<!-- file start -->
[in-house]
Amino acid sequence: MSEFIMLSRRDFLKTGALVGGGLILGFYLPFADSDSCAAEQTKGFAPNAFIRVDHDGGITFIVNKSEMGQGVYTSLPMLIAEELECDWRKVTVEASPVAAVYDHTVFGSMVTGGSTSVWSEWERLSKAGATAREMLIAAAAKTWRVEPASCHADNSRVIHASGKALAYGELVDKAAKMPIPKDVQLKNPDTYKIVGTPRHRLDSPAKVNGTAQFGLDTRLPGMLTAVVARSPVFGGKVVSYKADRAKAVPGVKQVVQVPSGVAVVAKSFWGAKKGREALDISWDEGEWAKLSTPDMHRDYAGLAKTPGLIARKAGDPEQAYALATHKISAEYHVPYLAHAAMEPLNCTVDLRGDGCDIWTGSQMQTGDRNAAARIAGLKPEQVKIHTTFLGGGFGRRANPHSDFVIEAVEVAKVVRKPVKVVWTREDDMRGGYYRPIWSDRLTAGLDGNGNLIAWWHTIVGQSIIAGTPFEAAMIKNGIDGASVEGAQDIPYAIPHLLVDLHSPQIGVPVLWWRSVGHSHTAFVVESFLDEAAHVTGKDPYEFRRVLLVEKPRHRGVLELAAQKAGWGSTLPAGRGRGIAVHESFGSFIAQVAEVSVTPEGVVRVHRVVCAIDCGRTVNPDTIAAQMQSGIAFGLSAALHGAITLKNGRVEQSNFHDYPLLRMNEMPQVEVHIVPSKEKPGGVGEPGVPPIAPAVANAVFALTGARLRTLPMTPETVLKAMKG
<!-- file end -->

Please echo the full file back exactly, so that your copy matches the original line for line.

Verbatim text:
[in-house]
Amino acid sequence: MSEFIMLSRRDFLKTGALVGGGLILGFYLPFADSDSCAAEQTKGFAPNAFIRVDHDGGITFIVNKSEMGQGVYTSLPMLIAEELECDWRKVTVEASPVAAVYDHTVFGSMVTGGSTSVWSEWERLSKAGATAREMLIAAAAKTWRVEPASCHADNSRVIHASGKALAYGELVDKAAKMPIPKDVQLKNPDTYKIVGTPRHRLDSPAKVNGTAQFGLDTRLPGMLTAVVARSPVFGGKVVSYKADRAKAVPGVKQVVQVPSGVAVVAKSFWGAKKGREALDISWDEGEWAKLSTPDMHRDYAGLAKTPGLIARKAGDPEQAYALATHKISAEYHVPYLAHAAMEPLNCTVDLRGDGCDIWTGSQMQTGDRNAAARIAGLKPEQVKIHTTFLGGGFGRRANPHSDFVIEAVEVAKVVRKPVKVVWTREDDMRGGYYRPIWSDRLTAGLDGNGNLIAWWHTIVGQSIIAGTPFEAAMIKNGIDGASVEGAQDIPYAIPHLLVDLHSPQIGVPVLWWRSVGHSHTAFVVESFLDEAAHVTGKDPYEFRRVLLVEKPRHRGVLELAAQKAGWGSTLPAGRGRGIAVHESFGSFIAQVAEVSVTPEGVVRVHRVVCAIDCGRTVNPDTIAAQMQSGIAFGLSAALHGAITLKNGRVEQSNFHDYPLLRMNEMPQVEVHIVPSKEKPGGVGEPGVPPIAPAVANAVFALTGARLRTLPMTPETVLKAMKG